Will the environment call forth the power of evil and devastation against those who harm it?   Apocalyptic literature points to devastation of humanity as we know it, but is this the proper response to an environment that endures constant destruction and abuse from human activity?  We look for answers about what our future might bring in literature and religion, but maybe the most reasonable approach is to let nature take its course.  By becoming so infatuated with the future destruction of the environment, it seems that we are deliberately separating ourselves from the foundation of our existence.  It has become socially acceptable to destroy the environment in a world that only exists in the pages of numerous authors, but at what extreme are we actually writing the future history based on our actions today?

As a survival mechanism, we seek to endure and adapt to ever changing environments.  During plague and disease, we cope with the sick and dying, while also studying the causes of the problem.  During war, we devastate the environment of our enemies, but then lend a helping hand to the refugees that survived the turmoil,  forcing them to endure hardships  that we created.  If we are the cause of environmental change, we must then adapt to the possibilities that nature has in store for us.  Lauren, in Parable of the Sower approaches the subject:

Our adults haven’t been wiped out by a plague so they’re still anchored in the past, waiting for the good old days to come back.  But things have changed a lot, and they’ll change more.  Things are always changing.  This is just one of the big jumps instead of the little step-by-step changes that are easier to take.  People have changed the climate of the world.  Now they’re waiting for the good old days to come back… We can’t make the climate change back, no matter why it changed in the first place.  You and I can’t.  The neighborhood can’t.  We can’t do anything. (p. 57)

What are we looking for, that we believe is in apocalyptic literature?  We know the history of our decisions, yet we focus on problems that we do not want to take responsibility for.  We don’t want to do anything different than what we are used to doing.  We do not want to disrupt the modern system that tells us that we are in power.  Lauren is exposed to several of these aspects that we face today.  Drugs, that induce vandalism and pyro activities play a significant role in today’s society, yet we pretend that the outcomes and side-effects are beyond our understanding.  She is exposed to natural disasters.  She  encounters other characters that pretend that previous decisions and actions do not affect the outcomes of those “natural” disasters, but justify the daily tragedies as a daily means of endurance.  Today, we acknowledge the devastation occurring in our own backyard, but fail to remember the decisions made prior to the “disaster” (some examples include the removal of vegetation, which can create dust storms and floods; building infrastructure on active fault lines that can create economic destruction when earthquakes take charge;  ecosystems that have been destroyed by the “necessary” management of  those systems; among other disasters that have come about due to human involvement).  So if we victimize ourselves in futuristic literature, to what extent do we take responsibility for our own actions?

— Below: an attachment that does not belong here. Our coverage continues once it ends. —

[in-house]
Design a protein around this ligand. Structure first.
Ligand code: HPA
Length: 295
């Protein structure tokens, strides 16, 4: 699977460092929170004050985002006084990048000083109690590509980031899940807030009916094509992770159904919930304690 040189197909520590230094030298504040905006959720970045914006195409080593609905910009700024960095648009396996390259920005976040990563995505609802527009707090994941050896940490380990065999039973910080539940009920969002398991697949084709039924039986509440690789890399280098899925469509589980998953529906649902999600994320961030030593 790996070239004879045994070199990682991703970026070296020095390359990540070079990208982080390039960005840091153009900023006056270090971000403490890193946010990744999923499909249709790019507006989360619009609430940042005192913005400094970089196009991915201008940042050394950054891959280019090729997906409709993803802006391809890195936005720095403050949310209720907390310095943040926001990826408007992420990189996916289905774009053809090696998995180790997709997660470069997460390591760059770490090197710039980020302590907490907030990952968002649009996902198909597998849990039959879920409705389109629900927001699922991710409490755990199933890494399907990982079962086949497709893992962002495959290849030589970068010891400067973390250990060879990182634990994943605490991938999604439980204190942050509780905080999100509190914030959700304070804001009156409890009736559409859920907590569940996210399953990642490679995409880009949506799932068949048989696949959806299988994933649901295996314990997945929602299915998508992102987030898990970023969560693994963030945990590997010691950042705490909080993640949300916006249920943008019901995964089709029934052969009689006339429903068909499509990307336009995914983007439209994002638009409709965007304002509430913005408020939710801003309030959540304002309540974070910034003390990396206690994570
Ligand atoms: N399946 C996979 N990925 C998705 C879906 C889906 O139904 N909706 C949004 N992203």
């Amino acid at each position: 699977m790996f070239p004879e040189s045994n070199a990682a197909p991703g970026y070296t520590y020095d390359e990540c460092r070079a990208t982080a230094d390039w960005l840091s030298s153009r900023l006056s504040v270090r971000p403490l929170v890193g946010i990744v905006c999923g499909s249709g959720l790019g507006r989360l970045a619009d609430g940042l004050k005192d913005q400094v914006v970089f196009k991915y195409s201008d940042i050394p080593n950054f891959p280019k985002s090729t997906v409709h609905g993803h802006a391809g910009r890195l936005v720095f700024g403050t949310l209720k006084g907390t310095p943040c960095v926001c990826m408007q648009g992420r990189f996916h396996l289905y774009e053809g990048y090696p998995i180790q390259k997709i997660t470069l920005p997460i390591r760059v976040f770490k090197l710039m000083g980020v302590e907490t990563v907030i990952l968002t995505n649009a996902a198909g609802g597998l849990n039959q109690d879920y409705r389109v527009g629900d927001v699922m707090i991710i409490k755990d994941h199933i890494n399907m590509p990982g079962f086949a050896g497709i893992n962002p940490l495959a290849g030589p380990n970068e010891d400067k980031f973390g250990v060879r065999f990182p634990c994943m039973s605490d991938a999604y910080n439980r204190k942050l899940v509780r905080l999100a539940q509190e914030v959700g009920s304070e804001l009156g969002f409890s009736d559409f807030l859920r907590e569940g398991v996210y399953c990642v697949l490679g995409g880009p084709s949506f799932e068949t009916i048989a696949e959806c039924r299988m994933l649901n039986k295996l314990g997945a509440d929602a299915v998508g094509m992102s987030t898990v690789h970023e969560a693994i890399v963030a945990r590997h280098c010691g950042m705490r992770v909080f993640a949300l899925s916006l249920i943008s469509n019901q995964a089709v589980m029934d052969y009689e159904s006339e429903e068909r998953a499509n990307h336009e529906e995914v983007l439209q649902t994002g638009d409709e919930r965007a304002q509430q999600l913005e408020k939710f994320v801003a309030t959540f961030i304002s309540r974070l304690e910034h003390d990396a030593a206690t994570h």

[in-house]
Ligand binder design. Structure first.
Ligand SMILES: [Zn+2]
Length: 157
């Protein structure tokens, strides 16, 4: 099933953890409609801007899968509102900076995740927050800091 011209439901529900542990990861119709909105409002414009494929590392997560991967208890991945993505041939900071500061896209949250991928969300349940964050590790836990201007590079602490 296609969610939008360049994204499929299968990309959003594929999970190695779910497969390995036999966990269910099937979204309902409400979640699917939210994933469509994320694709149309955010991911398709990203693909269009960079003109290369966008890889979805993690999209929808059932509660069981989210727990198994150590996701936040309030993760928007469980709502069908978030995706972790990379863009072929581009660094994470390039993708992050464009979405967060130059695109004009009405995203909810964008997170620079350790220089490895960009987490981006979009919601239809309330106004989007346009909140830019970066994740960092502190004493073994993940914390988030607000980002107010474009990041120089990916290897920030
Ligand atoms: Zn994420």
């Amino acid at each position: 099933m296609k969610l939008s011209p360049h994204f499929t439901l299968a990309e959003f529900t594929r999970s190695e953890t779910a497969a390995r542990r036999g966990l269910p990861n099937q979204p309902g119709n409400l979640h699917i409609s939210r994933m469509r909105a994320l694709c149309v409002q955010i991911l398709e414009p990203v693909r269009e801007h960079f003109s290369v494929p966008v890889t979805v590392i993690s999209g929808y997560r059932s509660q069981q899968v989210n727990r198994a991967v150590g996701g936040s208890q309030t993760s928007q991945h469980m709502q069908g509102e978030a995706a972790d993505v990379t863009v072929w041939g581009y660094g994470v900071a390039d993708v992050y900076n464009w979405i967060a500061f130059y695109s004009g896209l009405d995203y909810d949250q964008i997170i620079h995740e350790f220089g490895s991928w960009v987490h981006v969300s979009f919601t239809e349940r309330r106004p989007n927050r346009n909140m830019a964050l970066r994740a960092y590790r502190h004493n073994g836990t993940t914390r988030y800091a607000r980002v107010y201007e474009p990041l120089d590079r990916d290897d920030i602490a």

By all means, please, make it your duty to create your own version of the future of the environment you live in.  It is up to you to take part in the destruction of nature as the foundation for human existence; nature, as the foundation for all living things, including plants and animals.  Create your own disater using the Forces of Nature.  And by all means, take the risk, sit back, and let nature take its course!